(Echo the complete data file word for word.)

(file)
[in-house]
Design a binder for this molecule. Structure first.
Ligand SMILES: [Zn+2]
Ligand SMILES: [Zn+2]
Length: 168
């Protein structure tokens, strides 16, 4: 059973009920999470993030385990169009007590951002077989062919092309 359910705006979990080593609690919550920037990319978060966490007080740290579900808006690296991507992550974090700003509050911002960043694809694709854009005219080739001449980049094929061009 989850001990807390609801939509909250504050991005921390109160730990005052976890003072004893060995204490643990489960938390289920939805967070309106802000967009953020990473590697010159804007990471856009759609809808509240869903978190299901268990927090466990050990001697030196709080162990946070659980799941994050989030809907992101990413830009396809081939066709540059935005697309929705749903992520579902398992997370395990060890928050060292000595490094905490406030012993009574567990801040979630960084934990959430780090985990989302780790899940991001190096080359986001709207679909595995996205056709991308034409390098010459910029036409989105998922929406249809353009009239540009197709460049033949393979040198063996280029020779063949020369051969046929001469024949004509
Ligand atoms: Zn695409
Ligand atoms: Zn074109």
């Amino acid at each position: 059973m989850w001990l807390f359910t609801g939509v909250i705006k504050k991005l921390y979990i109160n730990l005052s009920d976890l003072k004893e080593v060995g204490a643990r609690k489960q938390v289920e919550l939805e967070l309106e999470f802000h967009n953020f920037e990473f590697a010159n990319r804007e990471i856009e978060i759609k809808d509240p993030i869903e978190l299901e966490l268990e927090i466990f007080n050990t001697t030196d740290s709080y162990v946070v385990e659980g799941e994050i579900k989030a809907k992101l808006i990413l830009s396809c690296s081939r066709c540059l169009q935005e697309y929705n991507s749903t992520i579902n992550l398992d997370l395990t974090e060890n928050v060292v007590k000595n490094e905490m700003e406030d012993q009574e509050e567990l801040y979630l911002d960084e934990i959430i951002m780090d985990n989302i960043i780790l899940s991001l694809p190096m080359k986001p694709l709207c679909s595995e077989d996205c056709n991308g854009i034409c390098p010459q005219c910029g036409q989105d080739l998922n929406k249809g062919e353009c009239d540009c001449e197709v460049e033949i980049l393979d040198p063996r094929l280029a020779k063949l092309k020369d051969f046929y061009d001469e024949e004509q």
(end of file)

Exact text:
[in-house]
Design a binder for this molecule. Structure first.
Ligand SMILES: [Zn+2]
Ligand SMILES: [Zn+2]
Length: 168
């Protein structure tokens, strides 16, 4: 059973009920999470993030385990169009007590951002077989062919092309 359910705006979990080593609690919550920037990319978060966490007080740290579900808006690296991507992550974090700003509050911002960043694809694709854009005219080739001449980049094929061009 989850001990807390609801939509909250504050991005921390109160730990005052976890003072004893060995204490643990489960938390289920939805967070309106802000967009953020990473590697010159804007990471856009759609809808509240869903978190299901268990927090466990050990001697030196709080162990946070659980799941994050989030809907992101990413830009396809081939066709540059935005697309929705749903992520579902398992997370395990060890928050060292000595490094905490406030012993009574567990801040979630960084934990959430780090985990989302780790899940991001190096080359986001709207679909595995996205056709991308034409390098010459910029036409989105998922929406249809353009009239540009197709460049033949393979040198063996280029020779063949020369051969046929001469024949004509
Ligand atoms: Zn695409
Ligand atoms: Zn074109």
């Amino acid at each position: 059973m989850w001990l807390f359910t609801g939509v909250i705006k504050k991005l921390y979990i109160n730990l005052s009920d976890l003072k004893e080593v060995g204490a643990r609690k489960q938390v289920e919550l939805e967070l309106e999470f802000h967009n953020f920037e990473f590697a010159n990319r804007e990471i856009e978060i759609k809808d509240p993030i869903e978190l299901e966490l268990e927090i466990f007080n050990t001697t030196d740290s709080y162990v946070v385990e659980g799941e994050i579900k989030a809907k992101l808006i990413l830009s396809c690296s081939r066709c540059l169009q935005e697309y929705n991507s749903t992520i579902n992550l398992d997370l395990t974090e060890n928050v060292v007590k000595n490094e905490m700003e406030d012993q009574e509050e567990l801040y979630l911002d960084e934990i959430i951002m780090d985990n989302i960043i780790l899940s991001l694809p190096m080359k986001p694709l709207c679909s595995e077989d996205c056709n991308g854009i034409c390098p010459q005219c910029g036409q989105d080739l998922n929406k249809g062919e353009c009239d540009c001449e197709v460049e033949i980049l393979d040198p063996r094929l280029a020779k063949l092309k020369d051969f046929y061009d001469e024949e004509q």